When an American says "Muslim Brotherhood" he or she means politically organized anti-Zionism. The US only cares about one aspect of policy in the Middle East which is groups' and countries' orientations for or against Zionism. The Muslim Brotherhood, and politically mobilized Islam-focused organizations more generally, are for historic reasons the most prominent, effective and influential anti-Zionist organizations in the Middle East.
This week we are seeing, or we have reason to hope we are seeing, an important surrender of US efforts to prevent the Muslim Brotherhood from gaining power in Egypt's government. US Senators McCain and Kerry went to Egypt and seem to have come back without any confidence that they had convinced Egypt's military tribunal to delay the elections or to undertake other measures to limit the Muslim Brotherhood. Possibly the Obama administration sees that there is no available policy option that would work to keep the Muslim Brotherhood out of government.
"We are ready for dialogue with the U.S. administration, if it so decides, within a framework of mutual respect," Muslim Brotherhood spokesman Mahmoud Ghozlan said in an e-mailed statement today. "The Muslim Brotherhood hopes that the U.S. administration has revised its previous policies and decided to side with the rights of the people and their demands and to stop supporting the corrupt and tyrannical regimes, backing the Zionist occupation and using double standards."Again the Muslim Brotherhood means more than that single organization. It represents in the US mind organized opposition to Zionism. The US publicly being willing to engage the Muslim Brotherhood is a new small step in the direction of the US asserting its direct interests rather than being guided in the Middle East primarily by Israel's long-term strategic needs.
The U.S. is loosening the criteria for interaction with the Brotherhood, allowing diplomats to deal directly with low-level officials of the organization, Clinton said on June 30 in Budapest. That marks a shift away from a previous policy that restricted U.S. officials to communicating with members of the Brotherhood who also sit in parliament.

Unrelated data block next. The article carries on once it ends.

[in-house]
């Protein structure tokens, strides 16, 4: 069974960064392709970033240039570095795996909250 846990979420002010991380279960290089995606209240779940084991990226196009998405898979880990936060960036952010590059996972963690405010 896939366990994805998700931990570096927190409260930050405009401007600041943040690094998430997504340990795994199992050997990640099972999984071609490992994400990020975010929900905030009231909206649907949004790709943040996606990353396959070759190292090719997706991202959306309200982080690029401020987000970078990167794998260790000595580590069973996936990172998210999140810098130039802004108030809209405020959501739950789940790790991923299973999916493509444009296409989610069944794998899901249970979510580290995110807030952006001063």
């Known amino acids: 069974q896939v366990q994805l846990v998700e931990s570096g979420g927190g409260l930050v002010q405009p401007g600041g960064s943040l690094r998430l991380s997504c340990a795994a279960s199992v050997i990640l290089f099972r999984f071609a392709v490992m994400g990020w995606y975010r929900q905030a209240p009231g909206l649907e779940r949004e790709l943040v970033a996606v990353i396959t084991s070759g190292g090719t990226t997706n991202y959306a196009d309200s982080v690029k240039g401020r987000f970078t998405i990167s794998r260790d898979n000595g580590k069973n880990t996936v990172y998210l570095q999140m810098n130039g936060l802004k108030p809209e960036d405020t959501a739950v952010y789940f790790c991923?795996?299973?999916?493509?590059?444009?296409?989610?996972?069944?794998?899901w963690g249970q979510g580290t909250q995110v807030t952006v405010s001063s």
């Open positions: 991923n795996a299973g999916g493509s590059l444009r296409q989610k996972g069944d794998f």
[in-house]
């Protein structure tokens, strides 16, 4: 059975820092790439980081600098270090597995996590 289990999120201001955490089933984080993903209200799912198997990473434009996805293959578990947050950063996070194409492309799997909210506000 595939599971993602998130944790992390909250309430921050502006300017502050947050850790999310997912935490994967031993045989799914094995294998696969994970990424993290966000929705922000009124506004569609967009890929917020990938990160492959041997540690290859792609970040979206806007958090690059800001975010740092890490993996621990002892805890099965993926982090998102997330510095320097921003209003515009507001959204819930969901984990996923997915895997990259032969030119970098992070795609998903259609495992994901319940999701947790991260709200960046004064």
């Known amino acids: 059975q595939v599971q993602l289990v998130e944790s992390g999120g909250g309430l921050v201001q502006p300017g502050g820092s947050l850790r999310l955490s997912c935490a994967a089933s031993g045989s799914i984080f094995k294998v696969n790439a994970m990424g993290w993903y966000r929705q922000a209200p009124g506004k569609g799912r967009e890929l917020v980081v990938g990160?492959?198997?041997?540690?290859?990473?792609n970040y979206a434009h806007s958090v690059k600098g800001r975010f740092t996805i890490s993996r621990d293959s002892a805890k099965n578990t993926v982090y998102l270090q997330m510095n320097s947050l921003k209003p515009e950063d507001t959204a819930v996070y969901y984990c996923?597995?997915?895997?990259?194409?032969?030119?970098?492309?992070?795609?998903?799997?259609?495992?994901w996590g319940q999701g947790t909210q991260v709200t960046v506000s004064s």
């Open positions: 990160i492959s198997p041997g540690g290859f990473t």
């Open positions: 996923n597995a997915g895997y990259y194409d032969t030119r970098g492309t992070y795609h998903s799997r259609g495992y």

I expect to see this process repeated in small and large ways over the next decade or two. The US would love to keep anti-Zionists away from political power in Egypt, but it just has no options that would work. So it can't and admits so publicly.
There is currently a US/Zionist colonial structure that includes Egypt, Saudi Arabia, Jordan, UAE, Kuwait and others without which Zionist Israel could not stave off the fate of Apartheid South Africa. Egypt may be leaving that colonial structure now which would leave the US to process the fact that despite its wishes and intentions, it just was not able to hold Egypt under its control.
When it becomes a reality that Iraq, Yemen and later even what we call Saudi Arabia itself just cannot be kept in their current status as US dependencies, the US will adjust to that reality just as it may now be adjusting to the reality that anti-Zionists will have influence in Egypt's government. Eventually it will be a reality that Zionism just is not viable in the Middle East. When that is a reality, the US will, despite its wishes and intentions, adjust to that reality.
Immediately, I am more confident than I was before reading these stories that elections are actually going to happen in September and that political power in Egypt will reflect the values of the median Egyptian in the medium-term. I can't be fully relieved until power has transferred due to an election, but I am even more optimistic than I was last month at this time.
For the long term, I feel like we're seeing the ground that supports Zionism slowly being weathered away. But there will be good days and there will be bad days along that long-term path.